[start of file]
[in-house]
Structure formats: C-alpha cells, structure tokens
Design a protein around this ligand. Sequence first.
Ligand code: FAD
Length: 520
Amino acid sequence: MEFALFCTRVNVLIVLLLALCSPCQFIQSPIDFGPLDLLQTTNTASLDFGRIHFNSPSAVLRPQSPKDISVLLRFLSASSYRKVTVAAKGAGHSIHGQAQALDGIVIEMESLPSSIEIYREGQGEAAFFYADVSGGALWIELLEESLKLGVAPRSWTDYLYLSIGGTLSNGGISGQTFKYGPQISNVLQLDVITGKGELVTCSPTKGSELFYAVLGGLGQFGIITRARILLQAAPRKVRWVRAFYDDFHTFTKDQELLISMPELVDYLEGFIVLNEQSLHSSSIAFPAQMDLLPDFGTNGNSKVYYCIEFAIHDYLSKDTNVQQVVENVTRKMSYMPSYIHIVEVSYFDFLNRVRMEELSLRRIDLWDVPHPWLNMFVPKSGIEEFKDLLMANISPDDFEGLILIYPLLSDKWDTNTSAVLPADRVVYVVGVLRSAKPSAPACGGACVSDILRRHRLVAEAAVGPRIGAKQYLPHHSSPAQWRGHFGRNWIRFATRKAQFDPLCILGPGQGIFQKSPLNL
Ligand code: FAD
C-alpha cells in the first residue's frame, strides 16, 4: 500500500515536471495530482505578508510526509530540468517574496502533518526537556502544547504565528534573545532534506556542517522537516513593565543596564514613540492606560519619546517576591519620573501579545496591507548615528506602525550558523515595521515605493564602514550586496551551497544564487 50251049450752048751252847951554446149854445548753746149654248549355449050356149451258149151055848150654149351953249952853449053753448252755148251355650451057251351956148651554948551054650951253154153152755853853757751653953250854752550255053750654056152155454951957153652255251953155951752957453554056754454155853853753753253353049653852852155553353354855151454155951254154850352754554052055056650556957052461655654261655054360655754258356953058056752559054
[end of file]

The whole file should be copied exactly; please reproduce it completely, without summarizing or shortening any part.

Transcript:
[in-house]
Structure formats: C-alpha cells, structure tokens
Design a protein around this ligand. Sequence first.
Ligand code: FAD
Length: 520
Amino acid sequence: MEFALFCTRVNVLIVLLLALCSPCQFIQSPIDFGPLDLLQTTNTASLDFGRIHFNSPSAVLRPQSPKDISVLLRFLSASSYRKVTVAAKGAGHSIHGQAQALDGIVIEMESLPSSIEIYREGQGEAAFFYADVSGGALWIELLEESLKLGVAPRSWTDYLYLSIGGTLSNGGISGQTFKYGPQISNVLQLDVITGKGELVTCSPTKGSELFYAVLGGLGQFGIITRARILLQAAPRKVRWVRAFYDDFHTFTKDQELLISMPELVDYLEGFIVLNEQSLHSSSIAFPAQMDLLPDFGTNGNSKVYYCIEFAIHDYLSKDTNVQQVVENVTRKMSYMPSYIHIVEVSYFDFLNRVRMEELSLRRIDLWDVPHPWLNMFVPKSGIEEFKDLLMANISPDDFEGLILIYPLLSDKWDTNTSAVLPADRVVYVVGVLRSAKPSAPACGGACVSDILRRHRLVAEAAVGPRIGAKQYLPHHSSPAQWRGHFGRNWIRFATRKAQFDPLCILGPGQGIFQKSPLNL
Ligand code: FAD
C-alpha cells in the first residue's frame, strides 16, 4: 500500500515536471495530482505578508510526509530540468517574496502533518526537556502544547504565528534573545532534506556542517522537516513593565543596564514613540492606560519619546517576591519620573501579545496591507548615528506602525550558523515595521515605493564602514550586496551551497544564487 50251049450752048751252847951554446149854445548753746149654248549355449050356149451258149151055848150654149351953249952853449053753448252755148251355650451057251351956148651554948551054650951253154153152755853853757751653953250854752550255053750654056152155454951957153652255251953155951752957453554056754454155853853753753253353049653852852155553353354855151454155951254154850352754554052055056650556957052461655654261655054360655754258356953058056752559054